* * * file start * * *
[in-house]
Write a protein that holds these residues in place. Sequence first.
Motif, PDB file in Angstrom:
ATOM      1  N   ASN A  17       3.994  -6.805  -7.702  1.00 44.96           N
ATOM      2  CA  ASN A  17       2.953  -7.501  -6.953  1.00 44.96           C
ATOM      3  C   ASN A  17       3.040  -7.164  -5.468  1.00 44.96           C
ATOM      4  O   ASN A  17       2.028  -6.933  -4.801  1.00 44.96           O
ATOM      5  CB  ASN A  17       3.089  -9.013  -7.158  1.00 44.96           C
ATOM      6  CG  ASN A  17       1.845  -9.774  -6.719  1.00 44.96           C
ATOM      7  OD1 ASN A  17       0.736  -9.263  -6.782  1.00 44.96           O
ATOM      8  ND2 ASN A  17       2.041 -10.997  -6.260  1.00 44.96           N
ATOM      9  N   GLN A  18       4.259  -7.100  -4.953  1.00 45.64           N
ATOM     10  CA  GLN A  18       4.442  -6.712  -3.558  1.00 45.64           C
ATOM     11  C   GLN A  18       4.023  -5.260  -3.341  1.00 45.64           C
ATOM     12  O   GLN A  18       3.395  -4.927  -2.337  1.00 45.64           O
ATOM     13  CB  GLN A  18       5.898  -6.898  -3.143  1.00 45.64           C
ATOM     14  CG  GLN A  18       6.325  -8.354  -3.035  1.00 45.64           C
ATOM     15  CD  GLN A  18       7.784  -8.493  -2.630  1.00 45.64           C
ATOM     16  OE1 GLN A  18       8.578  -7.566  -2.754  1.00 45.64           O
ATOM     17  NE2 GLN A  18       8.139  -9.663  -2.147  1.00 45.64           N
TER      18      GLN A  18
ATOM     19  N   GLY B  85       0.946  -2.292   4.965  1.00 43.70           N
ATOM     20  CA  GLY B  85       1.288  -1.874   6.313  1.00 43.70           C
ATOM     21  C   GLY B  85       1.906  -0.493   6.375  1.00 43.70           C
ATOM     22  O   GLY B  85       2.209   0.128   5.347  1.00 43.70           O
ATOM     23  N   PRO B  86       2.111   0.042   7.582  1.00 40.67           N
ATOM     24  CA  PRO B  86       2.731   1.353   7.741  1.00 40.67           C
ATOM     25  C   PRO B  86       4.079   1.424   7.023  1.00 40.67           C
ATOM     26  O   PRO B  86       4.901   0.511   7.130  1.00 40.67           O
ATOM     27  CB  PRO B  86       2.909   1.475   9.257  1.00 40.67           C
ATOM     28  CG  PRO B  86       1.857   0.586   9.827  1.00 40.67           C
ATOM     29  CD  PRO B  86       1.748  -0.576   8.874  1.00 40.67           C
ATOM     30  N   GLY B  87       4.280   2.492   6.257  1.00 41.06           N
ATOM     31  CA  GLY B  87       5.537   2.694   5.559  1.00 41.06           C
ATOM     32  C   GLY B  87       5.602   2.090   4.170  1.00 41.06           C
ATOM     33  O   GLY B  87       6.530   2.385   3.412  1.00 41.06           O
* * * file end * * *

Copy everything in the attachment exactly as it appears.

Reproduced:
[in-house]
Write a protein that holds these residues in place. Sequence first.
Motif, PDB file in Angstrom:
ATOM      1  N   ASN A  17       3.994  -6.805  -7.702  1.00 44.96           N
ATOM      2  CA  ASN A  17       2.953  -7.501  -6.953  1.00 44.96           C
ATOM      3  C   ASN A  17       3.040  -7.164  -5.468  1.00 44.96           C
ATOM      4  O   ASN A  17       2.028  -6.933  -4.801  1.00 44.96           O
ATOM      5  CB  ASN A  17       3.089  -9.013  -7.158  1.00 44.96           C
ATOM      6  CG  ASN A  17       1.845  -9.774  -6.719  1.00 44.96           C
ATOM      7  OD1 ASN A  17       0.736  -9.263  -6.782  1.00 44.96           O
ATOM      8  ND2 ASN A  17       2.041 -10.997  -6.260  1.00 44.96           N
ATOM      9  N   GLN A  18       4.259  -7.100  -4.953  1.00 45.64           N
ATOM     10  CA  GLN A  18       4.442  -6.712  -3.558  1.00 45.64           C
ATOM     11  C   GLN A  18       4.023  -5.260  -3.341  1.00 45.64           C
ATOM     12  O   GLN A  18       3.395  -4.927  -2.337  1.00 45.64           O
ATOM     13  CB  GLN A  18       5.898  -6.898  -3.143  1.00 45.64           C
ATOM     14  CG  GLN A  18       6.325  -8.354  -3.035  1.00 45.64           C
ATOM     15  CD  GLN A  18       7.784  -8.493  -2.630  1.00 45.64           C
ATOM     16  OE1 GLN A  18       8.578  -7.566  -2.754  1.00 45.64           O
ATOM     17  NE2 GLN A  18       8.139  -9.663  -2.147  1.00 45.64           N
TER      18      GLN A  18
ATOM     19  N   GLY B  85       0.946  -2.292   4.965  1.00 43.70           N
ATOM     20  CA  GLY B  85       1.288  -1.874   6.313  1.00 43.70           C
ATOM     21  C   GLY B  85       1.906  -0.493   6.375  1.00 43.70           C
ATOM     22  O   GLY B  85       2.209   0.128   5.347  1.00 43.70           O
ATOM     23  N   PRO B  86       2.111   0.042   7.582  1.00 40.67           N
ATOM     24  CA  PRO B  86       2.731   1.353   7.741  1.00 40.67           C
ATOM     25  C   PRO B  86       4.079   1.424   7.023  1.00 40.67           C
ATOM     26  O   PRO B  86       4.901   0.511   7.130  1.00 40.67           O
ATOM     27  CB  PRO B  86       2.909   1.475   9.257  1.00 40.67           C
ATOM     28  CG  PRO B  86       1.857   0.586   9.827  1.00 40.67           C
ATOM     29  CD  PRO B  86       1.748  -0.576   8.874  1.00 40.67           C
ATOM     30  N   GLY B  87       4.280   2.492   6.257  1.00 41.06           N
ATOM     31  CA  GLY B  87       5.537   2.694   5.559  1.00 41.06           C
ATOM     32  C   GLY B  87       5.602   2.090   4.170  1.00 41.06           C
ATOM     33  O   GLY B  87       6.530   2.385   3.412  1.00 41.06           O